The lack of coherency on the trade ramifications of genetically modified wheat was graphically illustrated during discussions at the conference of the Latino Americana de Industriales Molineros. While GM wheat has not been commercialized, some milling industry representatives from across the hemisphere expressed their hopes for the future benefits that biotechnology may bring, while others voiced concerns about liability if the world's wheat market system fails to meet vastly different country and consumer requirements.
A panel discussion on GM wheat, moderated by USW public affairs director Dawn Forsythe, presented information on the status and issues surrounding GM wheat currently under development. USW president Alan Tracy presented the U.S. wheat industry's position on biotechnology, informing the assembled group that the industry is urging Monsanto and others to delay commercialization until there is regulatory approval, consumer acceptance, reliable segregation, and achievable tolerance levels in importing countries.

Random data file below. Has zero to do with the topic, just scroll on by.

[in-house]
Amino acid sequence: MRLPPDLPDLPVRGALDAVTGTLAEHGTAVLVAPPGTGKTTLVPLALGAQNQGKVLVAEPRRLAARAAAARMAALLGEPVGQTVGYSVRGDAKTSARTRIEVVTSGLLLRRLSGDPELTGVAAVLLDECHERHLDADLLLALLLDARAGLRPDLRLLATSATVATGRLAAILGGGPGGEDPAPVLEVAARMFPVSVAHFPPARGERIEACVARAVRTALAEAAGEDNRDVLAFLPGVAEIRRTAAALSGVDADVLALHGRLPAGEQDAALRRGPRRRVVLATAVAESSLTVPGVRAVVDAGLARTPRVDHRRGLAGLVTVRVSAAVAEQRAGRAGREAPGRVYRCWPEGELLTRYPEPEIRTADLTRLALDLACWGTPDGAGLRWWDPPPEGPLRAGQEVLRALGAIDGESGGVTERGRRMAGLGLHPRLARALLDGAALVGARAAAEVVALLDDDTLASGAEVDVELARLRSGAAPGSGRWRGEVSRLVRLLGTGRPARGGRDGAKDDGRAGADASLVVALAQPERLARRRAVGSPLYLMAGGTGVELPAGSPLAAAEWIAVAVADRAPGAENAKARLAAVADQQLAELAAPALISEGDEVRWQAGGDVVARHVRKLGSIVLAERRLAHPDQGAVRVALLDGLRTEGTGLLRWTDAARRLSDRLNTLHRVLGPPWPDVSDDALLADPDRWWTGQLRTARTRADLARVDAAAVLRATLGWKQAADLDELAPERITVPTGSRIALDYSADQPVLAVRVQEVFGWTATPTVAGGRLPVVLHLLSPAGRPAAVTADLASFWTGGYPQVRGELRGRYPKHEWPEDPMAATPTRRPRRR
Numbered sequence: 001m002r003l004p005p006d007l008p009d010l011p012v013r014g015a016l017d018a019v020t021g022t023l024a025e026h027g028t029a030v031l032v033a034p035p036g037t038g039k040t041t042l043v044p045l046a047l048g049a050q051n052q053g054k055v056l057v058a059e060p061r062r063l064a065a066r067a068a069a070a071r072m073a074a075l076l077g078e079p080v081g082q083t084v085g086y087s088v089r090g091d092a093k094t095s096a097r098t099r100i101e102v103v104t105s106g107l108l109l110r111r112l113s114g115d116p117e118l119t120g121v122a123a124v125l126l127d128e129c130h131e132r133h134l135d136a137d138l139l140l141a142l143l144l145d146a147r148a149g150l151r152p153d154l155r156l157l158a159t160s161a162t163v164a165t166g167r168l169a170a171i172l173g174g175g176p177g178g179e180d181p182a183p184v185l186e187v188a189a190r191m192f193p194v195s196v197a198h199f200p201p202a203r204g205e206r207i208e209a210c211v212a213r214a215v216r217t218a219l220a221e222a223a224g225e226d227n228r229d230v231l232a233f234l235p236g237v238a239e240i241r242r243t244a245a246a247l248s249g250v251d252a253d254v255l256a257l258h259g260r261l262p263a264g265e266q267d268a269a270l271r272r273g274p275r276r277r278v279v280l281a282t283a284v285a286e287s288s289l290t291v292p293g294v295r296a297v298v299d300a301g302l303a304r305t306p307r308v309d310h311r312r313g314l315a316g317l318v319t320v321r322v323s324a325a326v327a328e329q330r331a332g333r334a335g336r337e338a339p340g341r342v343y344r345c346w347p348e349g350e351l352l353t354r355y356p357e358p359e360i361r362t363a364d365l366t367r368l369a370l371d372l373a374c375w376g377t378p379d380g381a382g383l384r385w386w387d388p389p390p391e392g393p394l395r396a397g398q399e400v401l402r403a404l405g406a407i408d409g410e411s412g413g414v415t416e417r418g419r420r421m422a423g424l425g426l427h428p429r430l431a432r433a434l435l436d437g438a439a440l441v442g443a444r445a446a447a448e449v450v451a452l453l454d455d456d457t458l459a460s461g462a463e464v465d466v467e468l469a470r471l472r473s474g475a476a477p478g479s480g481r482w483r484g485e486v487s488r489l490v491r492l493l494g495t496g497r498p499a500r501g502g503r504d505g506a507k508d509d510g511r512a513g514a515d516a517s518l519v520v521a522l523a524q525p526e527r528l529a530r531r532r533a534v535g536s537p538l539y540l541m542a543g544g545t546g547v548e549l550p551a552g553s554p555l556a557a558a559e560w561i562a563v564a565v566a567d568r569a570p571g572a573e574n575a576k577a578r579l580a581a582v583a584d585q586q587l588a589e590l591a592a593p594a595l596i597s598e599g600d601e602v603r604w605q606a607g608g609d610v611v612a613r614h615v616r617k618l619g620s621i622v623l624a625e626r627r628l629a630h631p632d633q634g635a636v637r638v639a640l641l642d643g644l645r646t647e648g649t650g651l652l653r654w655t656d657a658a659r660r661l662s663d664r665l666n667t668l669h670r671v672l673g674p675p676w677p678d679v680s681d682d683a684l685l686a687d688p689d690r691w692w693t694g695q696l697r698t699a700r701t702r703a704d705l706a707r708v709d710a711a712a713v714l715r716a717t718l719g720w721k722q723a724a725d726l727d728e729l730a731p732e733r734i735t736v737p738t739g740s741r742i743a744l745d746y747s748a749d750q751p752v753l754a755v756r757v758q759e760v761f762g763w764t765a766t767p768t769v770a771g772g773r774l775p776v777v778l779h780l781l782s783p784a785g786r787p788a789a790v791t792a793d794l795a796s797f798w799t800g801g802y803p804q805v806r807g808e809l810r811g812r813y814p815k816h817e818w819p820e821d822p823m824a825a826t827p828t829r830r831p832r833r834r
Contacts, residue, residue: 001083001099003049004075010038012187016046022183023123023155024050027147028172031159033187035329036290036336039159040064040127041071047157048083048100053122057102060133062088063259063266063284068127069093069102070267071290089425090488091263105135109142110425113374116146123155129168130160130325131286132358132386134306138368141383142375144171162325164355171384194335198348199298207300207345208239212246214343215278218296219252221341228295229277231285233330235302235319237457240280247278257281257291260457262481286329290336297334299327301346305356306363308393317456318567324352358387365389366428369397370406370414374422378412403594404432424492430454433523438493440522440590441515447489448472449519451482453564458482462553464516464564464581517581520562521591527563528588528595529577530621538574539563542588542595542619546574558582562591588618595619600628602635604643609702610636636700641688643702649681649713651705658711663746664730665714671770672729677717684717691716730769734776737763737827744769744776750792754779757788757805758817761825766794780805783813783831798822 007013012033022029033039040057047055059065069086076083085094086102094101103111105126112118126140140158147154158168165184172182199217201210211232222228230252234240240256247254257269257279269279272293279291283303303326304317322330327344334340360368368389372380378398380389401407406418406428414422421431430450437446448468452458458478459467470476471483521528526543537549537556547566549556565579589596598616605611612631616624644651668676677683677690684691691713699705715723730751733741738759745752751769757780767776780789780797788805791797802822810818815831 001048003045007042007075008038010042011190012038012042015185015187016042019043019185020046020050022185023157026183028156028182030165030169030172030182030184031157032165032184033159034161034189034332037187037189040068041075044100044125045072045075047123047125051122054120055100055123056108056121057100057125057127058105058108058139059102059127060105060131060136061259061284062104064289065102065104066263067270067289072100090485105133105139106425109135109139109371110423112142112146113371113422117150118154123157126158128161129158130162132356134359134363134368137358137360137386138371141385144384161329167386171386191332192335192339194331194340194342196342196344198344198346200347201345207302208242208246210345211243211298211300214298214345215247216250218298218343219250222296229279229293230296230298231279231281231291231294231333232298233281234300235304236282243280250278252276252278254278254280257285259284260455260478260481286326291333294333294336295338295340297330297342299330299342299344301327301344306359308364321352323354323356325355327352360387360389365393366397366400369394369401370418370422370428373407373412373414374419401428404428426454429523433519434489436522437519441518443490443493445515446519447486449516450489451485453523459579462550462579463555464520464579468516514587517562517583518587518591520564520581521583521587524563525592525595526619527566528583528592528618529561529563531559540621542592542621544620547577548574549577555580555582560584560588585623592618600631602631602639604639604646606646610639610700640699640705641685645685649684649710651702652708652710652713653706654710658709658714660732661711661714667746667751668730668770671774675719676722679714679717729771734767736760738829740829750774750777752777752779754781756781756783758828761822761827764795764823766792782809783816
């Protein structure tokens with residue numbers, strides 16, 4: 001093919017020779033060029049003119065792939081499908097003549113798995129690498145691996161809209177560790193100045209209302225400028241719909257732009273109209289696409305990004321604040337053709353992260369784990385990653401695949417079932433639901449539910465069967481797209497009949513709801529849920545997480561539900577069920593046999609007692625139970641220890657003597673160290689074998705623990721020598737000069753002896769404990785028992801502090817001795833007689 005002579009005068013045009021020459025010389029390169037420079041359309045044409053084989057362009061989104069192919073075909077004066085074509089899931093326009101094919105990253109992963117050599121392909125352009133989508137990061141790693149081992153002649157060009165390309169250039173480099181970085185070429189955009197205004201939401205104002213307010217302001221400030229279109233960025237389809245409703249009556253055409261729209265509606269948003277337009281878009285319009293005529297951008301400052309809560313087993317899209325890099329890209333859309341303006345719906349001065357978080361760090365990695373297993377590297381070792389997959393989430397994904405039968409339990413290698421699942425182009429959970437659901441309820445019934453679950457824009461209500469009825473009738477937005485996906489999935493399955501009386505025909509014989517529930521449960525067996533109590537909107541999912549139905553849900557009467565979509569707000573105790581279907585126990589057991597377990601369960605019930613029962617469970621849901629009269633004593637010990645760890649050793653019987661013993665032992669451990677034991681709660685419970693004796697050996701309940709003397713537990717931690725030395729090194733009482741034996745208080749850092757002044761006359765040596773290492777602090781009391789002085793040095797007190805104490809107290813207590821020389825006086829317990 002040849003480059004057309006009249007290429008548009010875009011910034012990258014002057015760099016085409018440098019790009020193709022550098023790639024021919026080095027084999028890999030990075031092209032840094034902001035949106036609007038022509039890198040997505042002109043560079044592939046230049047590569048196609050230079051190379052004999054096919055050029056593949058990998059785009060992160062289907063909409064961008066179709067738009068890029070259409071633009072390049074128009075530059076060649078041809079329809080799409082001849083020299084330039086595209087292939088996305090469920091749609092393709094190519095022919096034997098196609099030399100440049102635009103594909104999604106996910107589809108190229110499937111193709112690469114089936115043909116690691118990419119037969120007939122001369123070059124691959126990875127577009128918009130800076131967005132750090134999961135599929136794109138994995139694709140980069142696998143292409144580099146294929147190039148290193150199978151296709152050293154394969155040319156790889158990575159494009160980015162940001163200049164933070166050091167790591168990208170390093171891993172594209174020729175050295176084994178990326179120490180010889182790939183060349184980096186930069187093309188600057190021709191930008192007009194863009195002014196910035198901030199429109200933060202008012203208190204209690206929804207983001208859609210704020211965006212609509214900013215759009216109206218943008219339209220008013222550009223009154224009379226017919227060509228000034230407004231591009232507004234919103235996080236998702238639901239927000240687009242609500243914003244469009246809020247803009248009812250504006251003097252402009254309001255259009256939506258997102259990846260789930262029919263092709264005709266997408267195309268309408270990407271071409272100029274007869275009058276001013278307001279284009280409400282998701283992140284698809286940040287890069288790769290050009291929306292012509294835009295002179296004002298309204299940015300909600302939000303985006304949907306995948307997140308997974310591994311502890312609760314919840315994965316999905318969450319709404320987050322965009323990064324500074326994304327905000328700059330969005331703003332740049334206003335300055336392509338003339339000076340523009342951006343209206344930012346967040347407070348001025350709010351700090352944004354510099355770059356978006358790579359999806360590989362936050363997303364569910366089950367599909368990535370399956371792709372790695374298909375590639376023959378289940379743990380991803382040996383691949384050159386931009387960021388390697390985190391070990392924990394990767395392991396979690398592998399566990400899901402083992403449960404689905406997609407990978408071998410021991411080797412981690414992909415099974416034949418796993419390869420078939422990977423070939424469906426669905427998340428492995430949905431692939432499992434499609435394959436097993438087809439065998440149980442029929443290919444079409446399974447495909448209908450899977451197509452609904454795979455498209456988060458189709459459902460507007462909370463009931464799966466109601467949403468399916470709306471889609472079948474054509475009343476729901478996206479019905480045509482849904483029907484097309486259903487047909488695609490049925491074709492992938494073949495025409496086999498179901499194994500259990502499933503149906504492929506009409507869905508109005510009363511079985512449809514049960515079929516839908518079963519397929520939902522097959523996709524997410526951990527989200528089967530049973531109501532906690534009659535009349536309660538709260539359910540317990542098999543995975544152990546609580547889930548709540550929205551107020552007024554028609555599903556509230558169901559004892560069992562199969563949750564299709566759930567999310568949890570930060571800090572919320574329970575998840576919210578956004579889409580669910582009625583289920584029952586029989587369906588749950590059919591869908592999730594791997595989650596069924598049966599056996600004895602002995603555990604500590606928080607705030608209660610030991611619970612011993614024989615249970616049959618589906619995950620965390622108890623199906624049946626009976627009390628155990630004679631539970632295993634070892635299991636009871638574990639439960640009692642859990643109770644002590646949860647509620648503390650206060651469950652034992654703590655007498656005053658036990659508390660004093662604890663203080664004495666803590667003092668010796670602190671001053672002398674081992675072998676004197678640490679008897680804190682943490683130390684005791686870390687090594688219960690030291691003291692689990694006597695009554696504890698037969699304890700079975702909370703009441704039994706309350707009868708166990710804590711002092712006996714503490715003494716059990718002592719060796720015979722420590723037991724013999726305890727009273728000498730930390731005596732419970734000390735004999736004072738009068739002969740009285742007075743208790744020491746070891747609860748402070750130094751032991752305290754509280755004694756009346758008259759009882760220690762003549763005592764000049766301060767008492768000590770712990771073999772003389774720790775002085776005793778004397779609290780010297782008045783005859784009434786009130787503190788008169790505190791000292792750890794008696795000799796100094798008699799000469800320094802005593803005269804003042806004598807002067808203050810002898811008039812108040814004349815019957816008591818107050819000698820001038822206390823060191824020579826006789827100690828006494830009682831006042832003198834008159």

Bruce Andrews, agricultural advisor to Monsanto, presented the company's goals and timetable for commercialization of their herbicide resistant wheat, explaining that Monsanto is in the beginning stages of regulatory reviews in the U.S., Canada and Japan.
Gary Martin, president and CEO of the North American Export Grain Association pointed to the various international organizations reviewing policies on traceability, labeling, and liability. Those issues have to be addressed before commercialization, Martin said.